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“For those who are new to house plants, there are a few habits that should be ditched immediately.”

8 things to avoid when caring for house plants

1. Choosing the wrong indoor plants

If you want to go out and get yourself a plant friend, then you need to ensure you have the ideal conditions to help it grow. Not all indoor houseplants thrive in all houses!

When you’re in the plant shop – just ask! If you want to be successful plant parents, do some research into what plants would work best in your home. Think about where you can put them and how much sunlight they’ll get.

You might want to fill your house with every plant possible but you have to be smart. For example, some plants might not thrive in your climate (even indoors). Some houseplants might do well in sunny areas and others in shade. What natural environment can you offer?

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3. Pots, Potting Soil, and Drainage

Where you put your houseplant is also important to its survival. And drainage is important. You want to put house plants in pots with holes for water to drain out into a tray.

If your pot doesn’t have drainage holes and/or a try you can effectively drown your plants! Just like in the last step, if leaves have become wilted and droopy or you constantly have damp soil it’s probably over-watered.

5. Purchasing with no labels

If you’re a gardening novice, plant labels are super useful. They give you:

  • Plant name
  • Care instructions
  • Hardiness and soil information
  • Ideal environment temperatures

Now, every plant needs water, light, air, and soil (except air plants), right? But how much of each of these they need varies from species to species. Does your plant want direct or indirect light? Start by taking your plant label and googling the Latin name + care tips.

Then again, blindly following labels (and even guides!) can get you in trouble. Remember, you need to be the one who knows best. Check your house plant’s soil and keep an eye on their leaves. Water and move them accordingly!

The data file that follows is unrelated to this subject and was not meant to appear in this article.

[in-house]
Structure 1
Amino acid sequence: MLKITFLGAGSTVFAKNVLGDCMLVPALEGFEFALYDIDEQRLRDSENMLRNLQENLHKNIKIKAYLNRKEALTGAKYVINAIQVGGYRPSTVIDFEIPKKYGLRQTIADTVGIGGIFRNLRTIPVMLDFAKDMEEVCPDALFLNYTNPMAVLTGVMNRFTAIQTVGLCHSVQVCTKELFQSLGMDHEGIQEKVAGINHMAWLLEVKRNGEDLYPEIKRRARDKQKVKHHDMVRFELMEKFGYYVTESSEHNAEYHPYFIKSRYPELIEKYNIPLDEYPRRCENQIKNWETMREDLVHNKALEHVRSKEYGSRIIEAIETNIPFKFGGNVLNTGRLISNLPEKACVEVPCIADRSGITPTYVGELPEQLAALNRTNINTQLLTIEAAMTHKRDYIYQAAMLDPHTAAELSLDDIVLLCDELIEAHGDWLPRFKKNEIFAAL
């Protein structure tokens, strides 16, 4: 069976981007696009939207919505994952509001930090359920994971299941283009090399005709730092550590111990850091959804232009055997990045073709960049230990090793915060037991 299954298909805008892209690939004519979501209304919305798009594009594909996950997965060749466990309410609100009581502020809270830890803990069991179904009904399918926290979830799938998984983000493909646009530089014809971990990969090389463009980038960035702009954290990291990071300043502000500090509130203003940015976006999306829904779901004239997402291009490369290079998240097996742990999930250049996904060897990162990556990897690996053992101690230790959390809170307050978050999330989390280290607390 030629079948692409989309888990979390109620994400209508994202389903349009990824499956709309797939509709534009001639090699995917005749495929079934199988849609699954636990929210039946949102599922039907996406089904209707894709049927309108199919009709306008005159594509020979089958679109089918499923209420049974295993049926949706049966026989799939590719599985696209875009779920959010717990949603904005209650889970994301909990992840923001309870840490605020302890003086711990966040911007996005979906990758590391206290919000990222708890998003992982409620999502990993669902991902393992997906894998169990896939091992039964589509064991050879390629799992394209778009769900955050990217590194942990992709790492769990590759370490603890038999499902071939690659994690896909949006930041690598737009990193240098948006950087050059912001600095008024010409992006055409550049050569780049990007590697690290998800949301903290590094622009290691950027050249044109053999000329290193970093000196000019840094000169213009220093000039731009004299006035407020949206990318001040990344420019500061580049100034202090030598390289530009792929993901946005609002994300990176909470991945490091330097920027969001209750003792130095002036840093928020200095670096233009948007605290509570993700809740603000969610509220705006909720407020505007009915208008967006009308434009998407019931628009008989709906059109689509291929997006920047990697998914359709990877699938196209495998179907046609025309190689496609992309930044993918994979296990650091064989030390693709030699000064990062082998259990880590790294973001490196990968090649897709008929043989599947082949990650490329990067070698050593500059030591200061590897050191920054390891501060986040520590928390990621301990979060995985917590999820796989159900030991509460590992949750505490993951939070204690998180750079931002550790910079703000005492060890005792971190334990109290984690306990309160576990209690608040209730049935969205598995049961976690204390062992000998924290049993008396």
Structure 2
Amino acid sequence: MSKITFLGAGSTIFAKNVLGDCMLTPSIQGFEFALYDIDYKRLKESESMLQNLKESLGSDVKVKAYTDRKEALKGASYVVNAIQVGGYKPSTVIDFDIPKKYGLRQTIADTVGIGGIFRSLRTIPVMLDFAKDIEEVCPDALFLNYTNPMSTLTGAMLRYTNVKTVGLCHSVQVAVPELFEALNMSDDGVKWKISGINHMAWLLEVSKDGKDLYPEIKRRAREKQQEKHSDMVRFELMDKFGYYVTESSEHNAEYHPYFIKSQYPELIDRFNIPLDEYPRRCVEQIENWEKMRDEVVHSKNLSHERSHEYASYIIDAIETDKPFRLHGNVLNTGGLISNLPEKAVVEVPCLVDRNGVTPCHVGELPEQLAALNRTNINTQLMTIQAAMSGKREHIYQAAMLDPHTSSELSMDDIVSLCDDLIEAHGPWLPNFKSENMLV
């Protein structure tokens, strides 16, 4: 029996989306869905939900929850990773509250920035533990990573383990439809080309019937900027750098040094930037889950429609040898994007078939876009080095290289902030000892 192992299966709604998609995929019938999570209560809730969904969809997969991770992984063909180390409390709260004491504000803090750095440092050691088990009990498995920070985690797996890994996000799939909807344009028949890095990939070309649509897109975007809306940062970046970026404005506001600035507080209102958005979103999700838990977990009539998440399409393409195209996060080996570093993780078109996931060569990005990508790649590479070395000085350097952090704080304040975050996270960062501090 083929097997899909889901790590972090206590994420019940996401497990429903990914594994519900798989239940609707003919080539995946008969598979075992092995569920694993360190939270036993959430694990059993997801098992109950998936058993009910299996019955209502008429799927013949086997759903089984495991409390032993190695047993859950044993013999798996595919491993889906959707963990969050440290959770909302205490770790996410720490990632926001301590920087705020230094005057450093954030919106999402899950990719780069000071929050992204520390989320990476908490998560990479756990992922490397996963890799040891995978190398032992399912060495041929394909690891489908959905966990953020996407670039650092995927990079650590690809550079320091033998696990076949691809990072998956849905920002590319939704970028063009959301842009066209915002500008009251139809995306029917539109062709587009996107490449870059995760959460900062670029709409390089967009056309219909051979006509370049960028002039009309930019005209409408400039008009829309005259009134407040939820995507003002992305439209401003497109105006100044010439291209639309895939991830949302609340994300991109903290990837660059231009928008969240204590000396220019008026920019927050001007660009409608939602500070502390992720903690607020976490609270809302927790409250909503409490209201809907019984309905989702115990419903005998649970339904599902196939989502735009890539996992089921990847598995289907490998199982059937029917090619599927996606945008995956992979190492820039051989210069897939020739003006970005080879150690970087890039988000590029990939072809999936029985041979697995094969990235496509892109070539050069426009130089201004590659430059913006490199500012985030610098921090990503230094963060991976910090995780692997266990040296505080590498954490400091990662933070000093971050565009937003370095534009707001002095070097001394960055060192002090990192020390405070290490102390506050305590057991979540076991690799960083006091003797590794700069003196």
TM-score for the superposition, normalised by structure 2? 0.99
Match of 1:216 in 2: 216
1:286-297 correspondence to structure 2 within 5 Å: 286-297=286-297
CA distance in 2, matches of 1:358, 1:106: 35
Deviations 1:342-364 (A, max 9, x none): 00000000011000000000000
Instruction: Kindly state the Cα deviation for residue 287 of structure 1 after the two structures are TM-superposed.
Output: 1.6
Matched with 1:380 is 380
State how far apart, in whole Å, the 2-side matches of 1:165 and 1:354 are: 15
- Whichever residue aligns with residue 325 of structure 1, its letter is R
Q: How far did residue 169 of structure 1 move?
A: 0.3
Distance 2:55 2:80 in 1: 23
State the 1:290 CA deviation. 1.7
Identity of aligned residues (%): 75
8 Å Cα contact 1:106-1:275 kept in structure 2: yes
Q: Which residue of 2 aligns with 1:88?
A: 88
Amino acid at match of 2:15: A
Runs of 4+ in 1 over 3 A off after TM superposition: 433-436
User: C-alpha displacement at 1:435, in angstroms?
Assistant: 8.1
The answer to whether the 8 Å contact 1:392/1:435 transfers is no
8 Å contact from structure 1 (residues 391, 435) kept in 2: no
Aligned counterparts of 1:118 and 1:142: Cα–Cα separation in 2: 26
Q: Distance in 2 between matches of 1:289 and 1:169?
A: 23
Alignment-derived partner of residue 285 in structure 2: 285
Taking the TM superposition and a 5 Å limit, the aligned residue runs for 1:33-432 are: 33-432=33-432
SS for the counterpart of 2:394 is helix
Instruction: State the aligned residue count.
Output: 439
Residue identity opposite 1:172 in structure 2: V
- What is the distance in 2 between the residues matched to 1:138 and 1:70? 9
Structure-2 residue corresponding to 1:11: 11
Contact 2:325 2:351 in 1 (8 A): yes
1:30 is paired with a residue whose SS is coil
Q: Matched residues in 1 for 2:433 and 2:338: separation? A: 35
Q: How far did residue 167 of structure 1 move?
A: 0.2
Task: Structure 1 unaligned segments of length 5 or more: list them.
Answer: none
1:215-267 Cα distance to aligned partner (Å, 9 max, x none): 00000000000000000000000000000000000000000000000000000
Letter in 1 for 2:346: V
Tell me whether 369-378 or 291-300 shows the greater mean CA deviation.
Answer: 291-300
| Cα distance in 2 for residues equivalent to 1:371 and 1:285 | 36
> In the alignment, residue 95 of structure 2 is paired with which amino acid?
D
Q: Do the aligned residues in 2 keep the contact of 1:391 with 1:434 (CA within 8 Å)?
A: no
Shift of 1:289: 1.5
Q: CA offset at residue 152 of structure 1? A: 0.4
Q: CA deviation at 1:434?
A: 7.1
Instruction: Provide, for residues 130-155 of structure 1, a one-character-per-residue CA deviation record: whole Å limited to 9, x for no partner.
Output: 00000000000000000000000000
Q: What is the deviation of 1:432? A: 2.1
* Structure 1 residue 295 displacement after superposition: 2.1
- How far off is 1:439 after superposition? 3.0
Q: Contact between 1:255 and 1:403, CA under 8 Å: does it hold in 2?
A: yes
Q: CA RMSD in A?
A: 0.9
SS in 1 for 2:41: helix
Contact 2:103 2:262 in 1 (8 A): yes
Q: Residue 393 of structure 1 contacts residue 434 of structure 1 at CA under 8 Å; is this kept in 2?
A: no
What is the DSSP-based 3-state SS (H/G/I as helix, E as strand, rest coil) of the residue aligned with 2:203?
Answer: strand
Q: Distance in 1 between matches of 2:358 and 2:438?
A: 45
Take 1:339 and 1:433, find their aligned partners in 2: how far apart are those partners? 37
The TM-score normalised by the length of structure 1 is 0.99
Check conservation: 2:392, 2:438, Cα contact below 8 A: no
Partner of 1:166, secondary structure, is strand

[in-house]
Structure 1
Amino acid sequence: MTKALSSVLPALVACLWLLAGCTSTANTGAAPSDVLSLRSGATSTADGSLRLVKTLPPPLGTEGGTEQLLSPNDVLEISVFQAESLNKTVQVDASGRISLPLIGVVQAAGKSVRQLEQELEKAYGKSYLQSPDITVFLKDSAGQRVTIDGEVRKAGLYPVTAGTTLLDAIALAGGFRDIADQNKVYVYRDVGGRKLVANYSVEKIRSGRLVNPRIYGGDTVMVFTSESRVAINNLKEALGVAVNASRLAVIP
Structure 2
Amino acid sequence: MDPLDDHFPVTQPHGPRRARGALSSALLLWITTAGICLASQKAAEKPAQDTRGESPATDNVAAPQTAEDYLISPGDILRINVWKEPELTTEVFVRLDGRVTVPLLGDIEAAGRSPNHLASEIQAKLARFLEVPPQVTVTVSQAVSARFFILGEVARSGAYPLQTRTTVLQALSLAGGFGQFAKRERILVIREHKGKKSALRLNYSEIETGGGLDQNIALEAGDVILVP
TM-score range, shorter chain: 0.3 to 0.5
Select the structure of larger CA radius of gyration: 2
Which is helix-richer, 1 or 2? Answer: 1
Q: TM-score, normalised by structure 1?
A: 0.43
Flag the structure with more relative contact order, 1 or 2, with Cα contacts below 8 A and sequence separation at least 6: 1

In Loving Memory memorial with flowers

8. Giving up after your first death

If your first plant dies, don’t beat yourself up. It might not even be your fault. Ok, not just your fault!

Your home might not have ideal lighting conditions. Or, the plant you bought might have already been dying or root-bound. If this guide teaches you anything, it’s that you need to get a feel for your plants and be attentive.

Just keep at it!

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Peace Lillies, ZZ plant, snake plants, and any potted succulents make great indoor house plants.

If you want to keep your houseplant healthy:
  • First, make sure it's in a big enough pot with drainage
  • Water it with warm water and build a watering schedule
  • Regularly check soil and drainage by feeling the soil to protect against improper watering
  • Reduce regularity if you see fungus growths or leaves turning yellow

Spray the top layer of houseplant soil with a diluted solution of soapy water or use a natural pesticide.

Make sure to read your house plant's label and do some research. Giving it the correct lighting condition and watering schedule will help it thrive. If you notice brown spots and dead leaves, try rotating it out of the sun and watering it more regularly.